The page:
New Monkey Business

“It’s a question of simian survival.”

It’s as true in Rise of the Planet of the Apes as it was in the 1968 original Planet of the Apes. Only now we have a new origin story for the 21st century propelled by genetic engineering and CG DNA for the apes, courtesy of Weta Digital.

Yes, Andy Serkis’ remarkably nuanced portrayal of Caesar finally puts to rest any notion that performance capture can’t evoke pathos and is unworthy of recognition. His primate pantomime is utterly believable because of his character arc and Weta’s latest advancements in photoreal animation. The new facial model adds all the dynamics, ballistics, and secondary motion, while keeping the volume of the face. The fur is is now directly manipulated for greater detail. And the muscles in and around the eyes fire more accurately coupled with requisite moisture and refractive lighting. Speaking of which, lighting is more realistic overall, thanks to the new active LED system of motion tracking and the ability to shoot on location and on set with the other actors.

Such interaction is key, according to Serkis as well as Terry Notary, the talented movement coach, ape stunt coordinator, and choreographer. He played Alpha, father of Caesar, Bright Eyes, his mother, and Rocket, the ferocious Alpha-male, along with 20 or so other background apes during the rampage.

“It’s not the big stuff that makes the difference when I’m choreographing movement but the little nuances,” Notary suggests. “And it was so much about getting into how to be still in the character and how to just live by doing nothing. Actually the quadrupedding, the leaping, that looked great. I developed arm extensions and that are about a foot long and have these cuffs go in your arms and it worked out great because we could make it look and feel as though [we] had the same anatomy as an ape.”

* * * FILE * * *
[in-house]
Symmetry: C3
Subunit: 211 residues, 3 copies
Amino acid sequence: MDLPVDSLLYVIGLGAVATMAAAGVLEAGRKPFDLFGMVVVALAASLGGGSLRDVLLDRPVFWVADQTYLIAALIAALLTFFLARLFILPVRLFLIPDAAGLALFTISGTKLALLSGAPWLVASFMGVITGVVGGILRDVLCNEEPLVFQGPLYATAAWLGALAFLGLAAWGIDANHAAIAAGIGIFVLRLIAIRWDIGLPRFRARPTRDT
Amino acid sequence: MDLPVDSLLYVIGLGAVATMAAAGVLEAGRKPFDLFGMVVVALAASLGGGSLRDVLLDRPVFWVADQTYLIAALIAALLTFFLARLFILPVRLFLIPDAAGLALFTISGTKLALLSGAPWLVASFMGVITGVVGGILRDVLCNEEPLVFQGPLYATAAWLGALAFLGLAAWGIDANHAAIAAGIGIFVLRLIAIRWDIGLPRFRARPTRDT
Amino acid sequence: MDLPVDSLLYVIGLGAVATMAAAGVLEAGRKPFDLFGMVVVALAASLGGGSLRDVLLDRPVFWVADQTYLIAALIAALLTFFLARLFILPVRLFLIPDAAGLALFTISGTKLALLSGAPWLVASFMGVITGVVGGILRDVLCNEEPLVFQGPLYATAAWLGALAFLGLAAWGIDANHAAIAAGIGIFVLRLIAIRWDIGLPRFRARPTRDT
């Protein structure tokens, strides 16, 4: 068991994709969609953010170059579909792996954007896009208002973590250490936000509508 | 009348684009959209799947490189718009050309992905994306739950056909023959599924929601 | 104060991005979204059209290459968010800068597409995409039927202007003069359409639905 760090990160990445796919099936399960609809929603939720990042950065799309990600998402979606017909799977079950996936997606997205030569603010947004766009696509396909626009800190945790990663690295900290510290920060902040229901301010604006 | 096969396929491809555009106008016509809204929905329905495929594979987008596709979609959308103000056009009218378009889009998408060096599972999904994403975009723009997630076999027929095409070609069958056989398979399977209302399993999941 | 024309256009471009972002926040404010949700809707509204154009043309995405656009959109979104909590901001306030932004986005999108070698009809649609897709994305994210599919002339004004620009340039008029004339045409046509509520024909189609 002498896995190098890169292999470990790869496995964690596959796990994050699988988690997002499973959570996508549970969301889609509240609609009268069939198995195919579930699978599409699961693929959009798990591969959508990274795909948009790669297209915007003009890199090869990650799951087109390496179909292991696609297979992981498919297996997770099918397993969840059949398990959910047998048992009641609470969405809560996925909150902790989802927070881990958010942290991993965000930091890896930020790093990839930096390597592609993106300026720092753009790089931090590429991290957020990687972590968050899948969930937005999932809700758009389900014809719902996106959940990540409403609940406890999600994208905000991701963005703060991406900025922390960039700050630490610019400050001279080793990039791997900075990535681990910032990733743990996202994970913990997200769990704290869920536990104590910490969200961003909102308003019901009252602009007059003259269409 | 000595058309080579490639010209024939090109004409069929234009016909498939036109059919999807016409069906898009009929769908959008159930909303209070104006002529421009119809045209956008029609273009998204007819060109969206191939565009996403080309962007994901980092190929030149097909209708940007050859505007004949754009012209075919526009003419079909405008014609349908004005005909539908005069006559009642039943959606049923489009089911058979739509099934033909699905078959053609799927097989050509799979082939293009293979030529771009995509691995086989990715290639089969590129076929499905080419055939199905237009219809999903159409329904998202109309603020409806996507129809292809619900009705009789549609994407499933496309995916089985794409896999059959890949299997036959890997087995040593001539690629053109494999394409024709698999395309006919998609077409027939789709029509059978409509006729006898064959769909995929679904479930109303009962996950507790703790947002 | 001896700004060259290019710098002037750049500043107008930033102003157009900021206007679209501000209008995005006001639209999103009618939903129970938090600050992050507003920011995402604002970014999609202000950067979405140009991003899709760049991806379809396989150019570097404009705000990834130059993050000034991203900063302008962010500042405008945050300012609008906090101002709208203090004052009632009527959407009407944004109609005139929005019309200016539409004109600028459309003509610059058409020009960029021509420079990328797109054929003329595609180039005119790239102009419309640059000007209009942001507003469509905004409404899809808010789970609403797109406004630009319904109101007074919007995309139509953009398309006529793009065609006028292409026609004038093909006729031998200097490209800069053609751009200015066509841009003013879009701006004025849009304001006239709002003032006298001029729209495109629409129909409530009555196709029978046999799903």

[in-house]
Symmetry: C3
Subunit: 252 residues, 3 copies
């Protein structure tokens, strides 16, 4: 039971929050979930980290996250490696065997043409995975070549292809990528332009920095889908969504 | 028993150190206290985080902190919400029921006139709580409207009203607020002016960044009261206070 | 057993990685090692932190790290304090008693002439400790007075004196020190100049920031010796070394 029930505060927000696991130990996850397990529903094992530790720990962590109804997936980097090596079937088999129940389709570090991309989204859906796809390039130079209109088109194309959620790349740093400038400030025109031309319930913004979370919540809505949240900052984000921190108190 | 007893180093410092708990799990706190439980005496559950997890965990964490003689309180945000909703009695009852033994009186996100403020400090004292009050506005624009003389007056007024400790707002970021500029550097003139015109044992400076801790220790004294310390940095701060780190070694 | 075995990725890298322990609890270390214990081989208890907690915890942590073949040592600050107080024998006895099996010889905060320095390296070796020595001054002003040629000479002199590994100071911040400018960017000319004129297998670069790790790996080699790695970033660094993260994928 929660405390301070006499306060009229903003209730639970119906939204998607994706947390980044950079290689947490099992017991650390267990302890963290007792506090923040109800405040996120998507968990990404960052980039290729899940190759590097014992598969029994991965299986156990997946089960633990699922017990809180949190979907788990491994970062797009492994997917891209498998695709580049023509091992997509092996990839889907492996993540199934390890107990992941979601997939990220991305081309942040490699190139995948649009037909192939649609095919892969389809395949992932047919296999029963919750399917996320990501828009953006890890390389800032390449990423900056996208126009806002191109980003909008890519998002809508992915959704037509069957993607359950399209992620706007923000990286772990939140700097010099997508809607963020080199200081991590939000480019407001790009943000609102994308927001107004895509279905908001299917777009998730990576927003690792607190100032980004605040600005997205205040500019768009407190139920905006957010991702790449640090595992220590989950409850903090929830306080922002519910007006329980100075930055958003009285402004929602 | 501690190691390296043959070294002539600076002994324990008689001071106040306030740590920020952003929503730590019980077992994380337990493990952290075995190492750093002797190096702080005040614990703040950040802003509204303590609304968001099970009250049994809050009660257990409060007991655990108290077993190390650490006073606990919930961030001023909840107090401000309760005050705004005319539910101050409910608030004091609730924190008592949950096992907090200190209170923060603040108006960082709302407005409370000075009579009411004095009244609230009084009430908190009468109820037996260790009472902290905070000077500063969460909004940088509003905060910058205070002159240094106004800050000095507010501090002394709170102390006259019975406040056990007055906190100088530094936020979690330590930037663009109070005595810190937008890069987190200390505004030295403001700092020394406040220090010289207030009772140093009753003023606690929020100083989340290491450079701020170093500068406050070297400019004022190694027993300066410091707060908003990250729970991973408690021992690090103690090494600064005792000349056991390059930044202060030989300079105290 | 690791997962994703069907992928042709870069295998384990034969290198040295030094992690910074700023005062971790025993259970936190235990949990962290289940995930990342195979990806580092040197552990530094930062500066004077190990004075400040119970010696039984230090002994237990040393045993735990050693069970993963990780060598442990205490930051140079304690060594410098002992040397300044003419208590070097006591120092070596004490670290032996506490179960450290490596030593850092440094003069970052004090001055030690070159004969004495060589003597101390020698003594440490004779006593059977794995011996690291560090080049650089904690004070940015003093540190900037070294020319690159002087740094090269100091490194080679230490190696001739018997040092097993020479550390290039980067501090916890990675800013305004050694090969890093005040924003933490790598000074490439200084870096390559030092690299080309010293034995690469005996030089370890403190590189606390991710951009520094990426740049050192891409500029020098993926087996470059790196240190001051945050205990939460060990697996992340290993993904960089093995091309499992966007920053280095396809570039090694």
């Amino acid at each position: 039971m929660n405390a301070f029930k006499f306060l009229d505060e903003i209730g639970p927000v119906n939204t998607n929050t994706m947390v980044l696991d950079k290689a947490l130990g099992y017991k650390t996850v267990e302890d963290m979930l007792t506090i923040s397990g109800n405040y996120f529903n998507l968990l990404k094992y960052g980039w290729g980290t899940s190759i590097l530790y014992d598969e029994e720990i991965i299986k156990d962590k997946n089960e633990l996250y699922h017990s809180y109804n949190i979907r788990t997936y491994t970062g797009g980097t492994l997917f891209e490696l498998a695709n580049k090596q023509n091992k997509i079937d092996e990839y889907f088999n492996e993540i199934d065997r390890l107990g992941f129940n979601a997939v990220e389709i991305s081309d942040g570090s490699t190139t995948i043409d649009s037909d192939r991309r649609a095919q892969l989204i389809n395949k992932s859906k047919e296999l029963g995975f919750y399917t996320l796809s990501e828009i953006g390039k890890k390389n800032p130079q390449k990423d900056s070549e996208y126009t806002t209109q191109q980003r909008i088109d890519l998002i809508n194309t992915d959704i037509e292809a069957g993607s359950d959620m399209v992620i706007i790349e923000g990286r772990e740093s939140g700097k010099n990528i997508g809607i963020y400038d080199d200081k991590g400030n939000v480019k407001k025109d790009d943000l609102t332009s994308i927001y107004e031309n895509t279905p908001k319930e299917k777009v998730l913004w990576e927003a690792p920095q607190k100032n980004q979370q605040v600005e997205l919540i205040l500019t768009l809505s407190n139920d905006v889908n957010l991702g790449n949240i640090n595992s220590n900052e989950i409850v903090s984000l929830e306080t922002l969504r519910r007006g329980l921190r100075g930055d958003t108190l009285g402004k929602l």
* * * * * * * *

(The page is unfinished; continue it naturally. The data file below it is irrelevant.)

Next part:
Perhaps now the cognitive gap between performance and recorded image that exists in the industry can be broken down. And if Rise becomes a box office success and spawns more sequels, eventually intersecting with the original story, which is already hinted at, imagine the possibilities for more evolved performances. And yet despite the cumbersome makeup, one still marvels at John Chambers’ Oscar-winning achievement and how expressive and entertaining Kim Hunter, Roddy McDowall, and Maurice Evans were in the original, which had the right mixture of drama and satire. Rise definitely has room for growth.

http://www.youtube.com/watch?v=8YyMqmDeoxI

Posted on by Bill Desowitz in Animation, Movies, performance capture, Tech, Trailers, VFX

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